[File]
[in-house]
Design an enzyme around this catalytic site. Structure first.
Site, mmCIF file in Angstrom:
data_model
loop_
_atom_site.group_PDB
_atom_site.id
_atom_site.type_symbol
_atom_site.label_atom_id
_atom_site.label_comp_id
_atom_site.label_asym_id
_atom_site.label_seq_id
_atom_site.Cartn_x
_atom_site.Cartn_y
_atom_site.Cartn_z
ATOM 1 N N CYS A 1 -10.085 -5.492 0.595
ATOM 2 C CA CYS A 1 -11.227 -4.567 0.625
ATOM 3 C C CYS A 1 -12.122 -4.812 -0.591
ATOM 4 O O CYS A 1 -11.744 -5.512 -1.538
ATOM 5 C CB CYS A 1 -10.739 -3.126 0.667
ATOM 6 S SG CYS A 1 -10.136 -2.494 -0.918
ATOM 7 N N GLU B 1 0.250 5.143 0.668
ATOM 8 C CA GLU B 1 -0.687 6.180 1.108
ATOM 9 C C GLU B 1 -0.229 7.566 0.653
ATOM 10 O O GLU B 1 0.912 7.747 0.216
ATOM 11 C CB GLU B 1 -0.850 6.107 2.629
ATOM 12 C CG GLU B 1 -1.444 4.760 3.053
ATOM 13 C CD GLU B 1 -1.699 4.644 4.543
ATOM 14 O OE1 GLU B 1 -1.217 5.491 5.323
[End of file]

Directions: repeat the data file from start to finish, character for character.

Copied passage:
[in-house]
Design an enzyme around this catalytic site. Structure first.
Site, mmCIF file in Angstrom:
data_model
loop_
_atom_site.group_PDB
_atom_site.id
_atom_site.type_symbol
_atom_site.label_atom_id
_atom_site.label_comp_id
_atom_site.label_asym_id
_atom_site.label_seq_id
_atom_site.Cartn_x
_atom_site.Cartn_y
_atom_site.Cartn_z
ATOM 1 N N CYS A 1 -10.085 -5.492 0.595
ATOM 2 C CA CYS A 1 -11.227 -4.567 0.625
ATOM 3 C C CYS A 1 -12.122 -4.812 -0.591
ATOM 4 O O CYS A 1 -11.744 -5.512 -1.538
ATOM 5 C CB CYS A 1 -10.739 -3.126 0.667
ATOM 6 S SG CYS A 1 -10.136 -2.494 -0.918
ATOM 7 N N GLU B 1 0.250 5.143 0.668
ATOM 8 C CA GLU B 1 -0.687 6.180 1.108
ATOM 9 C C GLU B 1 -0.229 7.566 0.653
ATOM 10 O O GLU B 1 0.912 7.747 0.216
ATOM 11 C CB GLU B 1 -0.850 6.107 2.629
ATOM 12 C CG GLU B 1 -1.444 4.760 3.053
ATOM 13 C CD GLU B 1 -1.699 4.644 4.543
ATOM 14 O OE1 GLU B 1 -1.217 5.491 5.323